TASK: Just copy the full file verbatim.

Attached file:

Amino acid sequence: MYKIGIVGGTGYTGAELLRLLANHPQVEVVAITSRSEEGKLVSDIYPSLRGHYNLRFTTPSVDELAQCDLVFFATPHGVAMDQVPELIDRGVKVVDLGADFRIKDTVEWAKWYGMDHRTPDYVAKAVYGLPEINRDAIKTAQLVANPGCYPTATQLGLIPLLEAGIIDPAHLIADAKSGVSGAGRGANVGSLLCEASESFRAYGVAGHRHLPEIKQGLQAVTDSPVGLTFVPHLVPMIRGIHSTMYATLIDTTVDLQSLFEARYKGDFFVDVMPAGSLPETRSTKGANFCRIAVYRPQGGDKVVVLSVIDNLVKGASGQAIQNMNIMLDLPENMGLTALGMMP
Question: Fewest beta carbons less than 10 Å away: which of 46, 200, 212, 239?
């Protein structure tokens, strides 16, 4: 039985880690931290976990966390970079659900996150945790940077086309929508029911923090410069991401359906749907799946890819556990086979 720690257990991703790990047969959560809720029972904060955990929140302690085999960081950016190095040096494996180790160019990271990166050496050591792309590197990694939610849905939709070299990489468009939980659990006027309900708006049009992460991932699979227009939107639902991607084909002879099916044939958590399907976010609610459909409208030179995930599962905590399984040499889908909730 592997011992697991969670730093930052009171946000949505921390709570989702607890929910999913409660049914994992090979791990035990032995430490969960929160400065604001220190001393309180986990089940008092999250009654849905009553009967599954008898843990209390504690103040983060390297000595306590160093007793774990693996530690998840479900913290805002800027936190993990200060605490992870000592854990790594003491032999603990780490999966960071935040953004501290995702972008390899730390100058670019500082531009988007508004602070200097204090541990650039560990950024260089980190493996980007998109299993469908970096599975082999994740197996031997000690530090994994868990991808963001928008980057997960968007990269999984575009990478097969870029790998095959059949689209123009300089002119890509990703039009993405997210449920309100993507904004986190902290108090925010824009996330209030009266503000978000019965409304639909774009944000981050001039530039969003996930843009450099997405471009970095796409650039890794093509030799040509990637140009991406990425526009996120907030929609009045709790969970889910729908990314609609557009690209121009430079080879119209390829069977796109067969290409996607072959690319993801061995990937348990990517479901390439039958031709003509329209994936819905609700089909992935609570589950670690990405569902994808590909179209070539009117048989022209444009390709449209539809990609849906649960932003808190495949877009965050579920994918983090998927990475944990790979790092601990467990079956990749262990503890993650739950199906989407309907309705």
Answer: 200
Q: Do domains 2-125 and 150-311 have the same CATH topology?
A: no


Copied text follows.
Amino acid sequence: MYKIGIVGGTGYTGAELLRLLANHPQVEVVAITSRSEEGKLVSDIYPSLRGHYNLRFTTPSVDELAQCDLVFFATPHGVAMDQVPELIDRGVKVVDLGADFRIKDTVEWAKWYGMDHRTPDYVAKAVYGLPEINRDAIKTAQLVANPGCYPTATQLGLIPLLEAGIIDPAHLIADAKSGVSGAGRGANVGSLLCEASESFRAYGVAGHRHLPEIKQGLQAVTDSPVGLTFVPHLVPMIRGIHSTMYATLIDTTVDLQSLFEARYKGDFFVDVMPAGSLPETRSTKGANFCRIAVYRPQGGDKVVVLSVIDNLVKGASGQAIQNMNIMLDLPENMGLTALGMMP
Question: Fewest beta carbons less than 10 Å away: which of 46, 200, 212, 239?
């Protein structure tokens, strides 16, 4: 039985880690931290976990966390970079659900996150945790940077086309929508029911923090410069991401359906749907799946890819556990086979 720690257990991703790990047969959560809720029972904060955990929140302690085999960081950016190095040096494996180790160019990271990166050496050591792309590197990694939610849905939709070299990489468009939980659990006027309900708006049009992460991932699979227009939107639902991607084909002879099916044939958590399907976010609610459909409208030179995930599962905590399984040499889908909730 592997011992697991969670730093930052009171946000949505921390709570989702607890929910999913409660049914994992090979791990035990032995430490969960929160400065604001220190001393309180986990089940008092999250009654849905009553009967599954008898843990209390504690103040983060390297000595306590160093007793774990693996530690998840479900913290805002800027936190993990200060605490992870000592854990790594003491032999603990780490999966960071935040953004501290995702972008390899730390100058670019500082531009988007508004602070200097204090541990650039560990950024260089980190493996980007998109299993469908970096599975082999994740197996031997000690530090994994868990991808963001928008980057997960968007990269999984575009990478097969870029790998095959059949689209123009300089002119890509990703039009993405997210449920309100993507904004986190902290108090925010824009996330209030009266503000978000019965409304639909774009944000981050001039530039969003996930843009450099997405471009970095796409650039890794093509030799040509990637140009991406990425526009996120907030929609009045709790969970889910729908990314609609557009690209121009430079080879119209390829069977796109067969290409996607072959690319993801061995990937348990990517479901390439039958031709003509329209994936819905609700089909992935609570589950670690990405569902994808590909179209070539009117048989022209444009390709449209539809990609849906649960932003808190495949877009965050579920994918983090998927990475944990790979790092601990467990079956990749262990503890993650739950199906989407309907309705």
Answer: 200
Q: Do domains 2-125 and 150-311 have the same CATH topology?
A: no